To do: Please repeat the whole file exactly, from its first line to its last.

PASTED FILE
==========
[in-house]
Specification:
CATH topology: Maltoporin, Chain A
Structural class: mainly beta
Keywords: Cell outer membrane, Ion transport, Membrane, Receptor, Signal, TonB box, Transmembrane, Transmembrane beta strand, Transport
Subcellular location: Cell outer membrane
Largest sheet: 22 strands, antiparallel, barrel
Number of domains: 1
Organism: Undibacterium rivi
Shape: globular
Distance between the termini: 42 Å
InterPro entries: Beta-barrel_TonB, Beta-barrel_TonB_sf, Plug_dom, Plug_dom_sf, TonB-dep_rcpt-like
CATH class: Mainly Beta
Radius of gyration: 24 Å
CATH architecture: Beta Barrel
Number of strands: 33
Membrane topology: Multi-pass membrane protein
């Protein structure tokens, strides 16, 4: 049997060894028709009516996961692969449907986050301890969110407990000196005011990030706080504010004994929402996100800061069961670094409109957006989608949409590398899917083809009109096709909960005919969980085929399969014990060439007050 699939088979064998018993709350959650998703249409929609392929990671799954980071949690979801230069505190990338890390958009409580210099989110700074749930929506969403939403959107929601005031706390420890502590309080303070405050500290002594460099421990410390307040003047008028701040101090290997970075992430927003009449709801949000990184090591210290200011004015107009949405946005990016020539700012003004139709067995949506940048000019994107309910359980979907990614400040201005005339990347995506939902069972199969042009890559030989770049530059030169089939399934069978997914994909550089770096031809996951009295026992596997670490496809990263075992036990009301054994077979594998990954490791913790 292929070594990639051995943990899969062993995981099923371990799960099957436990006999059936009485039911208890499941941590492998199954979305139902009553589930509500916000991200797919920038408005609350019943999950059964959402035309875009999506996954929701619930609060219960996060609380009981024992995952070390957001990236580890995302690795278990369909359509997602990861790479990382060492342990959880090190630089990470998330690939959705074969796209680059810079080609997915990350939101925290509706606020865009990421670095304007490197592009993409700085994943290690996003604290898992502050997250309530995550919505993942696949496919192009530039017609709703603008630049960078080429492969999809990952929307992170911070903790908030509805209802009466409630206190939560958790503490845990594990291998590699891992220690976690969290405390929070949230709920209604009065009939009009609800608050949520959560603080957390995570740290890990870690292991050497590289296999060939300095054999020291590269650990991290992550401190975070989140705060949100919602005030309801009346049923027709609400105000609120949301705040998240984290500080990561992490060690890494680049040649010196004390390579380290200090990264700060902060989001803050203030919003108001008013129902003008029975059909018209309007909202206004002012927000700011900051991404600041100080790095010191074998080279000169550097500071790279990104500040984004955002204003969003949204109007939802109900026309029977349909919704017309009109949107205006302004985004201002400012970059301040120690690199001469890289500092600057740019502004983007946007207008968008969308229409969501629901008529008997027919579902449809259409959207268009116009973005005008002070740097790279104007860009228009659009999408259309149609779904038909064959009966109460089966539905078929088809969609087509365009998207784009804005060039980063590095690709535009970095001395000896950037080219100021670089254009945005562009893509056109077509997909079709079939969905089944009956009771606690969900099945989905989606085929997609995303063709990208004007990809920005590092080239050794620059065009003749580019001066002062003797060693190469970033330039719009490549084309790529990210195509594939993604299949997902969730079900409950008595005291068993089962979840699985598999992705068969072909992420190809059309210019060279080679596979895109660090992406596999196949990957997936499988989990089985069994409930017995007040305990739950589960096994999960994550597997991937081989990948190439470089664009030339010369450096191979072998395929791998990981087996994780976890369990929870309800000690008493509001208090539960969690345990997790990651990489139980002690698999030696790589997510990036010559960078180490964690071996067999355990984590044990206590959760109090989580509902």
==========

[in-house]
Specification:
CATH topology: Maltoporin, Chain A
Structural class: mainly beta
Keywords: Cell outer membrane, Ion transport, Membrane, Receptor, Signal, TonB box, Transmembrane, Transmembrane beta strand, Transport
Subcellular location: Cell outer membrane
Largest sheet: 22 strands, antiparallel, barrel
Number of domains: 1
Organism: Undibacterium rivi
Shape: globular
Distance between the termini: 42 Å
InterPro entries: Beta-barrel_TonB, Beta-barrel_TonB_sf, Plug_dom, Plug_dom_sf, TonB-dep_rcpt-like
CATH class: Mainly Beta
Radius of gyration: 24 Å
CATH architecture: Beta Barrel
Number of strands: 33
Membrane topology: Multi-pass membrane protein
């Protein structure tokens, strides 16, 4: 049997060894028709009516996961692969449907986050301890969110407990000196005011990030706080504010004994929402996100800061069961670094409109957006989608949409590398899917083809009109096709909960005919969980085929399969014990060439007050 699939088979064998018993709350959650998703249409929609392929990671799954980071949690979801230069505190990338890390958009409580210099989110700074749930929506969403939403959107929601005031706390420890502590309080303070405050500290002594460099421990410390307040003047008028701040101090290997970075992430927003009449709801949000990184090591210290200011004015107009949405946005990016020539700012003004139709067995949506940048000019994107309910359980979907990614400040201005005339990347995506939902069972199969042009890559030989770049530059030169089939399934069978997914994909550089770096031809996951009295026992596997670490496809990263075992036990009301054994077979594998990954490791913790 292929070594990639051995943990899969062993995981099923371990799960099957436990006999059936009485039911208890499941941590492998199954979305139902009553589930509500916000991200797919920038408005609350019943999950059964959402035309875009999506996954929701619930609060219960996060609380009981024992995952070390957001990236580890995302690795278990369909359509997602990861790479990382060492342990959880090190630089990470998330690939959705074969796209680059810079080609997915990350939101925290509706606020865009990421670095304007490197592009993409700085994943290690996003604290898992502050997250309530995550919505993942696949496919192009530039017609709703603008630049960078080429492969999809990952929307992170911070903790908030509805209802009466409630206190939560958790503490845990594990291998590699891992220690976690969290405390929070949230709920209604009065009939009009609800608050949520959560603080957390995570740290890990870690292991050497590289296999060939300095054999020291590269650990991290992550401190975070989140705060949100919602005030309801009346049923027709609400105000609120949301705040998240984290500080990561992490060690890494680049040649010196004390390579380290200090990264700060902060989001803050203030919003108001008013129902003008029975059909018209309007909202206004002012927000700011900051991404600041100080790095010191074998080279000169550097500071790279990104500040984004955002204003969003949204109007939802109900026309029977349909919704017309009109949107205006302004985004201002400012970059301040120690690199001469890289500092600057740019502004983007946007207008968008969308229409969501629901008529008997027919579902449809259409959207268009116009973005005008002070740097790279104007860009228009659009999408259309149609779904038909064959009966109460089966539905078929088809969609087509365009998207784009804005060039980063590095690709535009970095001395000896950037080219100021670089254009945005562009893509056109077509997909079709079939969905089944009956009771606690969900099945989905989606085929997609995303063709990208004007990809920005590092080239050794620059065009003749580019001066002062003797060693190469970033330039719009490549084309790529990210195509594939993604299949997902969730079900409950008595005291068993089962979840699985598999992705068969072909992420190809059309210019060279080679596979895109660090992406596999196949990957997936499988989990089985069994409930017995007040305990739950589960096994999960994550597997991937081989990948190439470089664009030339010369450096191979072998395929791998990981087996994780976890369990929870309800000690008493509001208090539960969690345990997790990651990489139980002690698999030696790589997510990036010559960078180490964690071996067999355990984590044990206590959760109090989580509902």